By Evan D. Williams
Allyson Comstock is an artist and retired art professor based in east central Alabama. In the austral summer of 2013, she deployed to Palmer Station in Antarctica under the auspices of the National Science Foundation’s Antarctic Artists & Writers Program, which previously enabled such disparate creative ventures as Werner Herzog’s documentary film Encounters at the End of the World and Kim Stanley Robinson’s science fiction novel Antarctica. Comstock’s resulting suite of drawings, Antarctica: Micro, Macro, and In-between, recently debuted at the University of Northern Iowa Gallery of Art alongside a collaborative exhibition, Responding to Antarctica. See more of her words and work at allysoncomstock.com.
What first drew you to Antarctica?
The landscape was so unlike any that I had experienced. It seemed mysterious.
In your artist’s statement, you quote the French scientist Claude Bernard: “Man can learn nothing unless he proceeds from the known to the unknown.” What unknowns did you encounter in the Antarctic––and what did you come to know?
My personal discoveries came from hiking and sitting outdoors in quiet observation. I now know how a southern giant petrel looks, with its enormous feet spread wide as it lands near a nesting site. I know that an infinite number of patterns are formed on the ice by wind. I know that Antarctica is much more colorful than I had thought––Antarctic skies can be stunning displays, more subtle or intensely saturated than can be imagined.
And what remains unknowable?
The complexity of it.
You took thousands of photographs at Palmer Station, a small selection of which served as the basis for a series of meticulously detailed drawings. How did this act of re-inscription in the studio relate to the primary act of observation in the field?
The area that I was allowed to explore on my own was limited––the area around the station and a clearly marked pathway leading up Marr Glacier. At first I was disappointed, but after the third day, I realized it wasn’t limiting at all. Every time I hiked up the glacier the views were different because the weather conditions were different, and I began to pay attention to detail and nuance in the same way as when I’m drawing.
Did this process allow you to record aspects of the phenomenology of place that weren’t captured in the photographs?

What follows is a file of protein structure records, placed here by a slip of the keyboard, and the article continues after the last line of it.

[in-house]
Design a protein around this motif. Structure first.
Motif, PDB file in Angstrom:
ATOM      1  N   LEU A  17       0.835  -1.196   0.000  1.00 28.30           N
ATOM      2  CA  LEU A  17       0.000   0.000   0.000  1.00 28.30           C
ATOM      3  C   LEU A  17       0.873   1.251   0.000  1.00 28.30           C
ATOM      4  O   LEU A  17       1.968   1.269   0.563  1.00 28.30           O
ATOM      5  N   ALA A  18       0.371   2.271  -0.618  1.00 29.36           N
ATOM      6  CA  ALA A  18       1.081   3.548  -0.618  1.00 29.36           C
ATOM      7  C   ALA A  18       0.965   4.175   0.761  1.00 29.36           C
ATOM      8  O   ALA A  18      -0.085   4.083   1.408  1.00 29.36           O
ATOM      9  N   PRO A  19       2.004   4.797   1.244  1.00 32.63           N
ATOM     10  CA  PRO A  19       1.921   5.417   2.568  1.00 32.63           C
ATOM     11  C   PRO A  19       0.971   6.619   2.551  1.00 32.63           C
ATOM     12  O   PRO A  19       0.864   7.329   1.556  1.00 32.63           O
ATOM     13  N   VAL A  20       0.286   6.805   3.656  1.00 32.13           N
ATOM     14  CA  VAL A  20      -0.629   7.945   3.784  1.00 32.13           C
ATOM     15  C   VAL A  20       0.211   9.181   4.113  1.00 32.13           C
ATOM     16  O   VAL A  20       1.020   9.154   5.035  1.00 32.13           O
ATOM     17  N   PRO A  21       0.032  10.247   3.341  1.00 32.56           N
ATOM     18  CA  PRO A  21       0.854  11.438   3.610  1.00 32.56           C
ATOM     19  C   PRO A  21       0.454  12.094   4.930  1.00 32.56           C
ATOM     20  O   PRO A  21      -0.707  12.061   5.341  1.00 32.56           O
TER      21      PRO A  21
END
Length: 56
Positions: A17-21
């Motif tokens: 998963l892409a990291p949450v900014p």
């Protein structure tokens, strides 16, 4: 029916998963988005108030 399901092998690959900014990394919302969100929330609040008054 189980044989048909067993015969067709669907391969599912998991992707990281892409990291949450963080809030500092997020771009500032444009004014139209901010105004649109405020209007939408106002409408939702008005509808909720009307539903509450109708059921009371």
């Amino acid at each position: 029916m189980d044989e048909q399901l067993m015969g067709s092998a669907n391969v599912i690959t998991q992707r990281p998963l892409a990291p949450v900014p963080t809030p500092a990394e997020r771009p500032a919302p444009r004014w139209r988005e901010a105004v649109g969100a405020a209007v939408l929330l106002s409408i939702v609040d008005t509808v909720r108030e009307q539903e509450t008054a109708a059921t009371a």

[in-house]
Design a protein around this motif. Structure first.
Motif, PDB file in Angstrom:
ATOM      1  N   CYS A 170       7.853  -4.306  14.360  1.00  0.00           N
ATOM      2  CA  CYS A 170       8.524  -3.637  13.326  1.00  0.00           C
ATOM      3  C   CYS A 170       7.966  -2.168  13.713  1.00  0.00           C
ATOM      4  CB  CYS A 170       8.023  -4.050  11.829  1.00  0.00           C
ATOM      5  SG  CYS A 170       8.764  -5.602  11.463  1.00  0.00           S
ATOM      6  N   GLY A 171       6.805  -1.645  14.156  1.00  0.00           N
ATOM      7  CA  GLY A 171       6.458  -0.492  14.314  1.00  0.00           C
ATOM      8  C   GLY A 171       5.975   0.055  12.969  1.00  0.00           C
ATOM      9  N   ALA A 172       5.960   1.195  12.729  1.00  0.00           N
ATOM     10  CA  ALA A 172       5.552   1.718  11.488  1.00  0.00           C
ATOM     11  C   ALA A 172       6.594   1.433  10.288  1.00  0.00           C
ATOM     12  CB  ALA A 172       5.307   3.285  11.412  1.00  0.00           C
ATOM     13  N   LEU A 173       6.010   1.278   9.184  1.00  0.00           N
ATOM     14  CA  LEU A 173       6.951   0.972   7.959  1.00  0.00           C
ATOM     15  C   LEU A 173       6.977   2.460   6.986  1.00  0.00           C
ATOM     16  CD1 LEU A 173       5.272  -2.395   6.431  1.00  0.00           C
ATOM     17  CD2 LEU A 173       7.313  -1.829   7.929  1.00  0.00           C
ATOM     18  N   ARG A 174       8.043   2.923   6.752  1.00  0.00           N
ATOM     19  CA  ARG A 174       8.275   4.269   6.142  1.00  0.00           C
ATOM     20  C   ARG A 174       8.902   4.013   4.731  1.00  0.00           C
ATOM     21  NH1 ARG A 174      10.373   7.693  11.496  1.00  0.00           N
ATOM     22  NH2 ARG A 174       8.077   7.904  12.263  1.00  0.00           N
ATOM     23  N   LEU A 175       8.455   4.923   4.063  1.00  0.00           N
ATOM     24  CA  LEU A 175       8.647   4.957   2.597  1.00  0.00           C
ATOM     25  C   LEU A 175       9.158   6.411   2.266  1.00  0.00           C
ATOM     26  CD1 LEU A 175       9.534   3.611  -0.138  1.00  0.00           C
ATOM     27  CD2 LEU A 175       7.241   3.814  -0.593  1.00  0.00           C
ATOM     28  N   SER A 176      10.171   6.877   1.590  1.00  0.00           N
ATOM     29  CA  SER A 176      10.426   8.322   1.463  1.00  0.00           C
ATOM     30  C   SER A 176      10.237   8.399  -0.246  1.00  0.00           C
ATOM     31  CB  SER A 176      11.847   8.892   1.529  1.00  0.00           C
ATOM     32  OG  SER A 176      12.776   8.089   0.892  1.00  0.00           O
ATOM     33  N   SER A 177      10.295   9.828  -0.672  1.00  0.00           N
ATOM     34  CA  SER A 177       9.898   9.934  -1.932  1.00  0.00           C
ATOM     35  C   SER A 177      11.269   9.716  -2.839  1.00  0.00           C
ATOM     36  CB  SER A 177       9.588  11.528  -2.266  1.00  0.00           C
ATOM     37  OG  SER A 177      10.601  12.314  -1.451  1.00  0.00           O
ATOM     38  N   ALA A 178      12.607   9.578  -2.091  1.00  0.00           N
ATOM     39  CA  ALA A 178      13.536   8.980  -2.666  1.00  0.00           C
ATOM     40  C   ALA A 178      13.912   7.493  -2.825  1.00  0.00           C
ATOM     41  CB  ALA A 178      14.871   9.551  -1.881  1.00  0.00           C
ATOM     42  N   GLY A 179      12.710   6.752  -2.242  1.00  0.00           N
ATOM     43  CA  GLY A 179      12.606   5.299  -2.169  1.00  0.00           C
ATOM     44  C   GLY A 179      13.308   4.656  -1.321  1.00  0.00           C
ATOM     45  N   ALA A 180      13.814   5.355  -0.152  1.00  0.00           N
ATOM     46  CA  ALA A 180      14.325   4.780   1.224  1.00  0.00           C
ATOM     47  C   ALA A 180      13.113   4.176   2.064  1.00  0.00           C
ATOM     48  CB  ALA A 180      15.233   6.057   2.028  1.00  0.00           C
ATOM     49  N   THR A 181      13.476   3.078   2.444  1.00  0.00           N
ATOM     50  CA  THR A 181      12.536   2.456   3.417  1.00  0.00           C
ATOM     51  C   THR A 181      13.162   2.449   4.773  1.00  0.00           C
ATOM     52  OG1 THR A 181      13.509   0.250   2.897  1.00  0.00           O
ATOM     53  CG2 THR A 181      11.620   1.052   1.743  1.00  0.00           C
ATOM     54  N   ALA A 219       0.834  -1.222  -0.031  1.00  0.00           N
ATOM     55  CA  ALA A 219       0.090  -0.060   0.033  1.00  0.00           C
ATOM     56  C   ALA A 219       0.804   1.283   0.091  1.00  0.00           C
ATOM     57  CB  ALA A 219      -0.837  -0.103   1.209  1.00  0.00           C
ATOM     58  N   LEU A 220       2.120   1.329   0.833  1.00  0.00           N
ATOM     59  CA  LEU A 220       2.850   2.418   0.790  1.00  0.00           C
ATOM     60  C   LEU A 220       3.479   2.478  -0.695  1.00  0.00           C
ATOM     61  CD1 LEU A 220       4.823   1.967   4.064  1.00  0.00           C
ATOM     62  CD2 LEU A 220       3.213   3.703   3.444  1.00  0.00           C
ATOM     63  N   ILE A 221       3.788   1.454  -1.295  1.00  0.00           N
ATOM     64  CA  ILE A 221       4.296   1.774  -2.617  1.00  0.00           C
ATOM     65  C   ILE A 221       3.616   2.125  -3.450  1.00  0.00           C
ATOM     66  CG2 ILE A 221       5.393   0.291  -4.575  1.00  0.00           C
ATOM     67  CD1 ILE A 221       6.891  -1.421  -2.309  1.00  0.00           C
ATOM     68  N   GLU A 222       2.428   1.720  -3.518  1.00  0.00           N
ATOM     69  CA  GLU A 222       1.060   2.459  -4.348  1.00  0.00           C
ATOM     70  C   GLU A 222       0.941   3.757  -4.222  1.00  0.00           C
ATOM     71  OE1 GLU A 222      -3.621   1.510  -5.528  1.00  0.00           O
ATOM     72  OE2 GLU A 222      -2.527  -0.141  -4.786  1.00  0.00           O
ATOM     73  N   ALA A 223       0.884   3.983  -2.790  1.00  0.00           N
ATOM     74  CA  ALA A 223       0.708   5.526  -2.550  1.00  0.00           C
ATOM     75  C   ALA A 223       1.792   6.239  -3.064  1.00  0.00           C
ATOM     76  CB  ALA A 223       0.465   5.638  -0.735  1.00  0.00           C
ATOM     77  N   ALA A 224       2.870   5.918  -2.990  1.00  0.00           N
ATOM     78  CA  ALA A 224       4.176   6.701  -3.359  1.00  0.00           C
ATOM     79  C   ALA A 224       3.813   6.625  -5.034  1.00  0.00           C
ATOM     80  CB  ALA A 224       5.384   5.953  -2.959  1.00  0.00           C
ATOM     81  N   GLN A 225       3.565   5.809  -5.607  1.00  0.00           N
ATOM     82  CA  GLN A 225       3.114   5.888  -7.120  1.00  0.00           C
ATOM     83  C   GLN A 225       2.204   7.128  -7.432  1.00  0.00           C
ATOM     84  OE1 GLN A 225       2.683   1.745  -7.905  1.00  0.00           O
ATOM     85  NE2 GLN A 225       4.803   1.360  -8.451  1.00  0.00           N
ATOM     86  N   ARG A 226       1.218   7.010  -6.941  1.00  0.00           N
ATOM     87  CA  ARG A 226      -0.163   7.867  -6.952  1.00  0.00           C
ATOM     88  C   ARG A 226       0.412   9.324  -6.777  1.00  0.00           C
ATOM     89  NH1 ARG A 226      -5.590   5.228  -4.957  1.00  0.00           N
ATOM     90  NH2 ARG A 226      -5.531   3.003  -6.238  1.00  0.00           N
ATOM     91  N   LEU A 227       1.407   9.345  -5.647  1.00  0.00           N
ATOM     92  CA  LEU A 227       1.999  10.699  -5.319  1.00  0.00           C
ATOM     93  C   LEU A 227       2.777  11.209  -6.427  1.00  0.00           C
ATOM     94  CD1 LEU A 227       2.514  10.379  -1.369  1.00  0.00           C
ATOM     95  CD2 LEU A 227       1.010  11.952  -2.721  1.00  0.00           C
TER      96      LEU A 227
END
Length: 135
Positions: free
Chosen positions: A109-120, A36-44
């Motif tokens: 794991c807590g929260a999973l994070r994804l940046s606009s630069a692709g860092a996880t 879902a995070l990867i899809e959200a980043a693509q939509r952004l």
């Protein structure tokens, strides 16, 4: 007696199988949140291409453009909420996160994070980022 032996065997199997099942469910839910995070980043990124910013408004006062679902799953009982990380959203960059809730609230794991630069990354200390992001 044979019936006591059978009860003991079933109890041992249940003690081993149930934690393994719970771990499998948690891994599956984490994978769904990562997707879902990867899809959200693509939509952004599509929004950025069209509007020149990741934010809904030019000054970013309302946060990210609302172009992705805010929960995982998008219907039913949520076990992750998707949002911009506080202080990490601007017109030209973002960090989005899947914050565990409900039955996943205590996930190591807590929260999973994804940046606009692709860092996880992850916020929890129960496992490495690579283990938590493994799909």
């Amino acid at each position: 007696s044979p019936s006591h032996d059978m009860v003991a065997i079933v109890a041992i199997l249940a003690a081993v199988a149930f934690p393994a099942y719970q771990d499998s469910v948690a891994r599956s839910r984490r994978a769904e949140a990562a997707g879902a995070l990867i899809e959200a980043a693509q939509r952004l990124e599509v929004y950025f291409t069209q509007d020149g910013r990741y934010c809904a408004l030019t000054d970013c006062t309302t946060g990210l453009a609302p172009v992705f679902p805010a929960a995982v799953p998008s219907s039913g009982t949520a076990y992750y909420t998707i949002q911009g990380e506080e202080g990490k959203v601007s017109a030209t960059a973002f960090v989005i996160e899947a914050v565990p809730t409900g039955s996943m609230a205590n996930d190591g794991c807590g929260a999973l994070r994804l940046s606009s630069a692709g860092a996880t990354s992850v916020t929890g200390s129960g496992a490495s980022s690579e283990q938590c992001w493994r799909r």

I think I did that through the middle panel of each triptych. The middle panel is an invented scene. I was thinking about the term landscape which derives from the Dutch landschap, or a patch of ground. I positioned photographs in the middle of each grouping to include a fairly close view of the land, water, or ice, and then transposed aspects of the macro view and the micro view on either side.
For the second phase of your project, Responding to Antarctica, you invited 68 collaborators to interpret 68 different images that arose from your residency. What were some of the most unexpected results?
One was Change For Mankind by the Atlanta-based artist Patrick Hanson––it’s made using pennies. Another work that surprised me was an encaustic entitled Family Portrait by a fellow Alabaman, Erin Lalor Adrian––she incorporated images of cows into the Antarctic landscape.
Before Antarctica, you completed residencies in two other remote locations––Rabun Gap, Georgia and Ucross, Wyoming. What did you learn from those environments?
I was surprised to learn that Rabun Gap is technically rainforest. It is a lush, enveloping landscape. In contrast, Ucross, Wyoming is open and expansive and spare. I remember walking to my studio at Ucross through a pasture and looking into the distance and up at the sky and feeling the immensity of it. The expanse of that landscape allowed me to expand.
Can you explain the concept behind your Pollen Drifts series?
Every year in the South, when spring arrives, yellow pine pollen blankets every outdoor surface. It’s common to hear complaints about washing off windshields and porches. I spend time on the lake near my home watching the subtle and striking changes of the water’s surface during pollen season. Underwater currents, wind, fish, turtles, and humans disrupt the floating pollen––it’s a canvas of transient beauty. It’s given me a new perspective on what is a source of irritation for others.
You also have a series called Lava Stories. What kinds of stories does lava tell?
Literally, that refers to the text written on the wall with mica dust––I asked two travel companions to share a few words about their experiences seeing the lava flows on Isabela Island in the Galápagos. Metaphorically, that refers to the power of nature.
You are a retired educator as well as a working artist––recently the chair of the art department at Auburn University. What’s something that you learned from your students?
I learned that every person has something to offer. I don’t think I fully appreciated this when I started teaching in my twenties. Working with students one on one and helping them realize their artistic goals allowed me to hear all their viewpoints, ideas, and stories. I was sometimes challenged, and I grew as a person.
If you went back to Antarctica and could only pack one book, one music album, and one movie for inspiration, what would you bring?
Choosing one book would be difficult. I would probably pick Alfred Lansing’s Endurance: Shackleton’s Incredible Voyage by Alfred Lansing. I’ve already read it, but it might take on new meaning while on ice. The one album I would pack is Joe Crookston’s Georgia I’m Here. His song “Fall Down as the Rain” is pure poetry and captures my feelings about life. And honestly, I wouldn’t take a movie.
The next project I have in mind will be called One Thing a Day. It’s the simple idea of noticing one small, simple thing outside every day for a year and recording it by sketching, photographing, or collecting.
Evan D. Williams has been a Number: contributor since 2013.